A federal judge tried to avert skepticism of Charles Darwin’s theories in Dover, Pa., but doubters remain unconvinced.
According to Discovery Institute (DI) Senior Fellow Dr. John West, DI’s involvement and position on the 2005 Kitzmiller case was distorted in media accounts of the controversial case involving intelligent design science. “We want schools to teach more about evolution, not less,” said West, adding, “We don’t want to mandate the teaching of intelligent design.”
Dr. West, who is also an associate professor of Political Science at Seattle Pacific University, made these remarks at a recent Discovery Institute’s book event at the Ethics and Public Policy Center in Washington, D.C. West was joined by attorney Casey Luskin who co-wrote the book, Traipsing Into Evolution: Intelligent Design and the Kitzmiller vs. Dover Decision, with West, David DeWolf and Jonathan Witt.
The book is a critique of the ruling in the Kitzmiller case, which arose out of controversy surrounding a Dover Area School Board vote to require teachers read this statement to students in ninth grade biology class:
The Pennsylvania Academic Standards require students to learn about Darwin’s Theory of Evolution and eventually to take a standardized test of which evolution is a part.
Because Darwin’s Theory is a theory, it continues to be tested as new evidence is discovered. The Theory is not a fact. Gaps in the Theory exist for which there is no evidence. A theory is defined as a well-tested explanation that unifies a broad range of observations.
Intelligent Design is an explanation of the origin of life that differs from Darwin’s view. The reference book, Of Pandas and People, is available for students who might be interested in gaining an understanding of what Intelligent Design actually involves.
With respect to any theory, students are encouraged to keep an open mind. The school leaves the discussion of the Origins of Life to individual students and their families. As a Standards-driven district, class instruction focuses upon preparing students to achieve proficiency on Standards-based assessments.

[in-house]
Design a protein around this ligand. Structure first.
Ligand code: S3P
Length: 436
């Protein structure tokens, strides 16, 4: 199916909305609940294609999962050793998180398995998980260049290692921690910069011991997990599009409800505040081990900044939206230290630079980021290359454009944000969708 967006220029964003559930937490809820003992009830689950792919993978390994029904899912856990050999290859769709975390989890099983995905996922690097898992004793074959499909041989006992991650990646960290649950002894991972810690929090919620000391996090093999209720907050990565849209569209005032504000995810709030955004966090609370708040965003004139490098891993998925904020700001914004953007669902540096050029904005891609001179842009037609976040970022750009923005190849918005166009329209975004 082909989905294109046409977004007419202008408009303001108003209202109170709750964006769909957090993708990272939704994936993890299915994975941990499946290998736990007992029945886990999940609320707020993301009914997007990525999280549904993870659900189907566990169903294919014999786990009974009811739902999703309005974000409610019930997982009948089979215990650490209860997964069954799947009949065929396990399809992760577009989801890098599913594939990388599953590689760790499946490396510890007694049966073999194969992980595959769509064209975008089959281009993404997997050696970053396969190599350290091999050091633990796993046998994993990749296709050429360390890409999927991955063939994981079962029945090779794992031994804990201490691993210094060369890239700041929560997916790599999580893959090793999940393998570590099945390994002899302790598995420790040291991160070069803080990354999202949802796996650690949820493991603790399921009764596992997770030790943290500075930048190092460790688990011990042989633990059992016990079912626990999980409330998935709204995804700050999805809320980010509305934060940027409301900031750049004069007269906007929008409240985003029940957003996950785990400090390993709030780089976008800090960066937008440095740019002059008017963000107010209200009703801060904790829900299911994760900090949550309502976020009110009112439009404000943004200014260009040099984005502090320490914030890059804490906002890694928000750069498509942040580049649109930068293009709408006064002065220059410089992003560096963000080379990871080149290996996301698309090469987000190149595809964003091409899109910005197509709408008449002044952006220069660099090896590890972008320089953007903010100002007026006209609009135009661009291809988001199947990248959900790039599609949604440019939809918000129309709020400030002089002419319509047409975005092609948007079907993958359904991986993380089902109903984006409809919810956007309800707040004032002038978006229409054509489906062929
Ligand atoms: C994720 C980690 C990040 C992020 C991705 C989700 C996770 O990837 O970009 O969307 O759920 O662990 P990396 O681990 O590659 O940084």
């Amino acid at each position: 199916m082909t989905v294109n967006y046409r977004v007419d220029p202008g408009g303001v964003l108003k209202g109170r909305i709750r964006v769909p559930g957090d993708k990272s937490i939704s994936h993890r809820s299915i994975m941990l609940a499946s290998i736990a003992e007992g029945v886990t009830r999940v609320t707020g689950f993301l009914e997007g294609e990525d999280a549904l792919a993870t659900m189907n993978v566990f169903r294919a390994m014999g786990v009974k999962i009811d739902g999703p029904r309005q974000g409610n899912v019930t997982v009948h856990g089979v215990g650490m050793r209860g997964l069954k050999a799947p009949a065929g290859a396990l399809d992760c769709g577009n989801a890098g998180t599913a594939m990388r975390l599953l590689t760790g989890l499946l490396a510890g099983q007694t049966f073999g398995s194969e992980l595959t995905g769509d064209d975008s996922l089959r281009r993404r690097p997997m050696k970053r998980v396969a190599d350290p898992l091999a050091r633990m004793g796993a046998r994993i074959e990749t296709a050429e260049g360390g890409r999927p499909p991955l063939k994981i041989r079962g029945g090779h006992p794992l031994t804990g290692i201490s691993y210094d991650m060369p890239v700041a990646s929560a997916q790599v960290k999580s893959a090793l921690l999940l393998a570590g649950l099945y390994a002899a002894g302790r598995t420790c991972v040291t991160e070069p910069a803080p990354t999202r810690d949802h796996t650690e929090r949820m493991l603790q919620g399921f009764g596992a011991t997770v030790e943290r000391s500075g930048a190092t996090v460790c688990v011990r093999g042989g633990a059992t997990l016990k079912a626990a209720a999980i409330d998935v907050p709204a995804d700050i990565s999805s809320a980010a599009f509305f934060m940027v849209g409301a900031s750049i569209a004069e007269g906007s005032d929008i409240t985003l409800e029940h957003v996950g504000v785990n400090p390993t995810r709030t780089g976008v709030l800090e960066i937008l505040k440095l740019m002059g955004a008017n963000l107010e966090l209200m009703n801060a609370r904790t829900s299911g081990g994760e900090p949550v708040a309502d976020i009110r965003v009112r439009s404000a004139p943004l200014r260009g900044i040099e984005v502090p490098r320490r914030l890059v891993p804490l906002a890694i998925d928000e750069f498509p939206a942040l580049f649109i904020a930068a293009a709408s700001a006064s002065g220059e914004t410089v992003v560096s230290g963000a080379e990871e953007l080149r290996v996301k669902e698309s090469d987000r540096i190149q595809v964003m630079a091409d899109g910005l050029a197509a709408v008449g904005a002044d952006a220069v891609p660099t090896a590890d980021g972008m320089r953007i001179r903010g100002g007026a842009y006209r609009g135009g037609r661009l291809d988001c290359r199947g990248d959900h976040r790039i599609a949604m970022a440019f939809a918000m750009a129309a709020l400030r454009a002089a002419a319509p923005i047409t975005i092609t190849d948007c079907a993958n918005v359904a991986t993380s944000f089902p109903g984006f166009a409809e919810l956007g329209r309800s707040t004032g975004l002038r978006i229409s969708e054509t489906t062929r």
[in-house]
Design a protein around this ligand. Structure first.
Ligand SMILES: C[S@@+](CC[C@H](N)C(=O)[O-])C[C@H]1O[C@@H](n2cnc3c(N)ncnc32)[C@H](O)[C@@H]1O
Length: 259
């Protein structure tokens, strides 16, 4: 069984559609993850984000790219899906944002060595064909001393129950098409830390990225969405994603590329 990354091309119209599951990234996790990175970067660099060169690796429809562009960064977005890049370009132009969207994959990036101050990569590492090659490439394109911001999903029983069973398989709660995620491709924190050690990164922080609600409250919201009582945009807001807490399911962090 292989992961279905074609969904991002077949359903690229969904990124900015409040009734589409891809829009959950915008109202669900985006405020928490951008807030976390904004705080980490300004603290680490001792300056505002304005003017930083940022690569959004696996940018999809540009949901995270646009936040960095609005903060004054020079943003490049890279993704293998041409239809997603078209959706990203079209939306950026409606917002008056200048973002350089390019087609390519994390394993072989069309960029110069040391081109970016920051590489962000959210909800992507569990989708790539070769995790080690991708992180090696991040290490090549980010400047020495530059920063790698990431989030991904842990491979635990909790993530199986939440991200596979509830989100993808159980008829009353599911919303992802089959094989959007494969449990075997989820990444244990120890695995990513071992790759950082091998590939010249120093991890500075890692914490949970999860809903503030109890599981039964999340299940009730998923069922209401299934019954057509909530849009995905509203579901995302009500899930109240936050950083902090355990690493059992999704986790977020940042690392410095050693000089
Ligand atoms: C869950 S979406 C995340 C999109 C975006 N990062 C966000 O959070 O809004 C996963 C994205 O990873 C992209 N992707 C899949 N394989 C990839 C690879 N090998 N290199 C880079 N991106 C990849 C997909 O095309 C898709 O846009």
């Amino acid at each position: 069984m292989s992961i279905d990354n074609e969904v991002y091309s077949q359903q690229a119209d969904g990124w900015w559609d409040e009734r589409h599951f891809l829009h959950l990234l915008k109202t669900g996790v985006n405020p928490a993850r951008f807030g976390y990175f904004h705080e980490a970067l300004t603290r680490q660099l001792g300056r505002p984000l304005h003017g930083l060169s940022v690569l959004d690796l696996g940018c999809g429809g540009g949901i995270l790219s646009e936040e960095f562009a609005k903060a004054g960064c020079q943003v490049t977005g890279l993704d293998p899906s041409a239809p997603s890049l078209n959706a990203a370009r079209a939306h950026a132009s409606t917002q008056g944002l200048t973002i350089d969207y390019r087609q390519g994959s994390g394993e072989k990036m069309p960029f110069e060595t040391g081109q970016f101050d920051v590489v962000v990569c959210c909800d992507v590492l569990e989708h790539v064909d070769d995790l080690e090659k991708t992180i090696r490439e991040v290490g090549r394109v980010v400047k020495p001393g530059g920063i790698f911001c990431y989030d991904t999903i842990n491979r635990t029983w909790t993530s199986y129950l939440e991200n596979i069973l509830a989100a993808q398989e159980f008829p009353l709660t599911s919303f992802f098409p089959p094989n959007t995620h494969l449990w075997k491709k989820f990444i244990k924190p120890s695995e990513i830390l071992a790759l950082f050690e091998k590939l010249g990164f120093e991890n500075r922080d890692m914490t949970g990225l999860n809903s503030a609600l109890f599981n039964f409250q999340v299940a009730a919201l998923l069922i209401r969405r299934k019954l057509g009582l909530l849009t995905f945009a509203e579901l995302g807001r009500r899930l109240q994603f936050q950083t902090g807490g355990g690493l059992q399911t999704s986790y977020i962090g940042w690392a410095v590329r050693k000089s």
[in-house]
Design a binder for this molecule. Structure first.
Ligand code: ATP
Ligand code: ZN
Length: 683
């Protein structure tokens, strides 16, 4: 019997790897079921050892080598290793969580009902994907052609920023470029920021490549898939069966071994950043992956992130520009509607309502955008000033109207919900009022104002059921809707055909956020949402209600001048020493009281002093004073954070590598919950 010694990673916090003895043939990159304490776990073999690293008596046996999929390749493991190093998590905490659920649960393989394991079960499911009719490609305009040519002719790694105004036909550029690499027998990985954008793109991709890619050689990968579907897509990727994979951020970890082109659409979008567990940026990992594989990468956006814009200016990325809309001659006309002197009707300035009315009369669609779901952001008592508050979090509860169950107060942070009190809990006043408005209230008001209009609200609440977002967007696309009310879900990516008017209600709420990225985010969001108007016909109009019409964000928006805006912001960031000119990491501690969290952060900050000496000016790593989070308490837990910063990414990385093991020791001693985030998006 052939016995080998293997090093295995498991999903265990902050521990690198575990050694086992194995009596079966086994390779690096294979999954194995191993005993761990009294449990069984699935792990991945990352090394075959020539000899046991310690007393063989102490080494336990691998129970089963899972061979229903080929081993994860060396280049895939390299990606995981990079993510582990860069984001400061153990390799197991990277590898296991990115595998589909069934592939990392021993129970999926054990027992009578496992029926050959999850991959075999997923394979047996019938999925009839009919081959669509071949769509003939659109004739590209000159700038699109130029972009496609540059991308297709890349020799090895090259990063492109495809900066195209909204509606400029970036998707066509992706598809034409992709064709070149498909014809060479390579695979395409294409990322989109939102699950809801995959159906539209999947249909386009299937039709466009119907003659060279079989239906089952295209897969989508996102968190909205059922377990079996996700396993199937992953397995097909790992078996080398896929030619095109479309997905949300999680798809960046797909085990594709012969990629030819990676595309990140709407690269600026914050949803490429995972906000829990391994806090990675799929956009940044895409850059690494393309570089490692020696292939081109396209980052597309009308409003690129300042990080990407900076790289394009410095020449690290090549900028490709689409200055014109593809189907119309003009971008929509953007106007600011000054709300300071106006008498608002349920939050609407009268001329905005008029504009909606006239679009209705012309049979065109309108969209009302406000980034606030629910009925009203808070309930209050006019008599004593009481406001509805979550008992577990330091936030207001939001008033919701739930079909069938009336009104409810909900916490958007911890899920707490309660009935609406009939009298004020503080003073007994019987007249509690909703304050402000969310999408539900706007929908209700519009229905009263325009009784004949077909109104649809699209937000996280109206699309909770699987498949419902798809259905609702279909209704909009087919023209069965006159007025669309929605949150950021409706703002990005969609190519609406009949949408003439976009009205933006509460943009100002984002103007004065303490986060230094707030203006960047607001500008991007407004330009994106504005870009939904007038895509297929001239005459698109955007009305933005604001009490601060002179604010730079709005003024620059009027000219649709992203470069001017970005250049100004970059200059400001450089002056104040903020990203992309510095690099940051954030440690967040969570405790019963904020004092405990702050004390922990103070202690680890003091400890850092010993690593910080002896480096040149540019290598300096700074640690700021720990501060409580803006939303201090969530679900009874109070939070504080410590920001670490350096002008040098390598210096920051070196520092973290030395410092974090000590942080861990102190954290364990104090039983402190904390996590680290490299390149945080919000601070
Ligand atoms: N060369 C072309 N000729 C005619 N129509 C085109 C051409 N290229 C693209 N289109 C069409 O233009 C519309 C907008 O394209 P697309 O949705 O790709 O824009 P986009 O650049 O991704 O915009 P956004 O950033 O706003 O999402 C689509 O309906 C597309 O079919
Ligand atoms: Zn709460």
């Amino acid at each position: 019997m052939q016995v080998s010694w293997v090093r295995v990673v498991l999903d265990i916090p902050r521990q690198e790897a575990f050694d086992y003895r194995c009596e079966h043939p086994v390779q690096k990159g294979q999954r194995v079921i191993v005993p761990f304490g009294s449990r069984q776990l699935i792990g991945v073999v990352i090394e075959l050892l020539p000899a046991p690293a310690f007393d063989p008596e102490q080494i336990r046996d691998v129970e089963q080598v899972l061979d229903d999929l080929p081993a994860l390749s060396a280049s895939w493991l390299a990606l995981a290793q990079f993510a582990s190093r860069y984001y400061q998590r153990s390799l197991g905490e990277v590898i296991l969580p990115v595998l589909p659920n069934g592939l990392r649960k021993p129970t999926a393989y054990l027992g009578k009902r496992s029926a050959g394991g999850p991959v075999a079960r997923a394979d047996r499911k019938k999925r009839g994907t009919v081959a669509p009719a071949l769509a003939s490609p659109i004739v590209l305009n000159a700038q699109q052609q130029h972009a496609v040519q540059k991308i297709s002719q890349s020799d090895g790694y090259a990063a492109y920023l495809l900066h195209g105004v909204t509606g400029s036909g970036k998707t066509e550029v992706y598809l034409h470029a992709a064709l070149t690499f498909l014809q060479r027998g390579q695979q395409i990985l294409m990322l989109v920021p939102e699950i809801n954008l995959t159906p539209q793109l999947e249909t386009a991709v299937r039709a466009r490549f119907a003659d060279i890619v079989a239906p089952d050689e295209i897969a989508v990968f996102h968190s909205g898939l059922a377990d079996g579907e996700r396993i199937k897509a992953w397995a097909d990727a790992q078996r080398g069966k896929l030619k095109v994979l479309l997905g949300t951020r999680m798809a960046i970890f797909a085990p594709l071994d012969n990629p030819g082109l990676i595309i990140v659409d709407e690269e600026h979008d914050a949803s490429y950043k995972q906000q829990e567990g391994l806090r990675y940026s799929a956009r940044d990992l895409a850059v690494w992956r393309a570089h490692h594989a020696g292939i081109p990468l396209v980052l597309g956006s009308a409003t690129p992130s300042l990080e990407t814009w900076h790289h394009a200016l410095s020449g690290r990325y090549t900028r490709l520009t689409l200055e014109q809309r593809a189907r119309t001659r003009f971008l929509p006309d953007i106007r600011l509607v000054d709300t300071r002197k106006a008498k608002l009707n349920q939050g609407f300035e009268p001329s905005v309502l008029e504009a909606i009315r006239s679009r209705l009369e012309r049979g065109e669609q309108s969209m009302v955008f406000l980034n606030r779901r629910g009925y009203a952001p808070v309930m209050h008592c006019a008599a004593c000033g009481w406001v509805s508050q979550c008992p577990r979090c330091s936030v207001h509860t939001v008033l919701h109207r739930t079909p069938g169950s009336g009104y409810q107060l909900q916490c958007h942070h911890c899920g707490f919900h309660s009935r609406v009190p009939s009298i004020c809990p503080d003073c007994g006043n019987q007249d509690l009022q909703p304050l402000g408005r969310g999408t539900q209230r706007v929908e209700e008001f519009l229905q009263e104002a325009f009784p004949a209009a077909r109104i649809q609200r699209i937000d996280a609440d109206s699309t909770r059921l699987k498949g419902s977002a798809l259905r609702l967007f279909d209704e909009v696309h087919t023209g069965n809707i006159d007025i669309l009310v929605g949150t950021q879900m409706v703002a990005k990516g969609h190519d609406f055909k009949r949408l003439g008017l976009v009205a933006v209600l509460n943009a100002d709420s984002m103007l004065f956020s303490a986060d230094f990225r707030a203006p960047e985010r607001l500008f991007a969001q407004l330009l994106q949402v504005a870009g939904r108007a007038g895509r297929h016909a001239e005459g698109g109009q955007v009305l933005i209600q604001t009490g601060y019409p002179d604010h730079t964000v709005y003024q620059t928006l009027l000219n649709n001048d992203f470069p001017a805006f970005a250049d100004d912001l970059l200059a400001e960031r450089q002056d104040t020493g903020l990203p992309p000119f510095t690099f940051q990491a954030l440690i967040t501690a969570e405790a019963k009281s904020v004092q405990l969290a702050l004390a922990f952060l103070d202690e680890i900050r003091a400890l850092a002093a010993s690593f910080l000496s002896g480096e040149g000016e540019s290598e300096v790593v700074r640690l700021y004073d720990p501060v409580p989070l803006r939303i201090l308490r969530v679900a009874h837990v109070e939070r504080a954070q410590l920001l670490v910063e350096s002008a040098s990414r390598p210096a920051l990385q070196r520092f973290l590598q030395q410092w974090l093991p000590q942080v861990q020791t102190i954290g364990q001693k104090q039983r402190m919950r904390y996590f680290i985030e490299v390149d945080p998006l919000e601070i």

Before the Dover School Board voted to mandate this, the Discovery Institute had contacted board member Bill Buckingham (now resigned), and told him the DI position which advocates a “teach the controversy” approach and not to mandate intelligent design teaching, explained West.
When we [DI] found out about the required statement, we publicly opposed it, West said, but the media didn’t make that clear.
“Dover didn’t have to happen,” said West.
Following up his clarification of DI’s involvement in Dover, West gave his criticisms of the ruling Judge John E. Jones III delivered in that case.
“I criticized him [Jones] as a judicial activist” because he ventured far outside the scope of the question he was faced with, said West. If he found that the board acted for “purely religious motivation” rather than secular he could have ruled it unconstitutional and that would have been the end of it.
“But, it seems he wanted to make history…His ruling is clearly an effort to determine future law with his opinion of religion,” said West, offering proof from Judge Jones’ ruling in the case: “We will offer our conclusion on whether ID is science not just because it is essential…but also in the hope that it may prevent the obvious waste of judicial and other resources which would be occasioned by a subsequent trial involving the precise question which is before us.”
Luskin also provided criticism of the Kitzmiller ruling, but served mainly to provide counterarguments for some of Judge Jones’ main reasons for ruling that intelligent design is not science. Jones provided six claims for ruling that intelligent design is not science, but Luskin explained that these claims were made by misrepresenting or denying facts.
The first claim was that intelligent design requires supernatural creation. But the fact is, Luskin points out, the very textbook in question during the trial (Of Pandas and People) says that science cannot study the supernatural and that ID theory only invokes intelligence. The judge also ignored statements made by scientists Scott Minnich and Michael Behe who said intelligent design does not try to determine the origin of the intelligence, Luskin added.
The second claim addressed by Luskin was Jones’ claim that ID has not been in peer-reviewed publications. At this point Luskin held up a binder full of peer-reviewed and published articles that discuss intelligent design theory.
“This was a flat out lie,” said Luskin.The Discovery Institute submitted amicus briefs that mentioned these articles, Luskin said.
The third claim Luskin discussed was Jones’ claim that there has not been testing and research done on intelligent design.
“Scott Minnich gave testimony of his own experiments [dealing with irreducible complexity],” said Luskin, but clearly Jones ignored this in his decision.
Lastly, Jones claimed that intelligent design theory stemmed from Thomas Aquinas, but the textbook Of Pandas and People states that “Advocates of design have included not only Christians and other religious theists, but pantheists, Greek and enlightenment philosophers…” said Luskin. The point being that the design argument is something people have considered for a long time and therefore, this is not a mere repackaging of creationism.
Julia A. Seymour is a staff writer for Accuracy in Academia.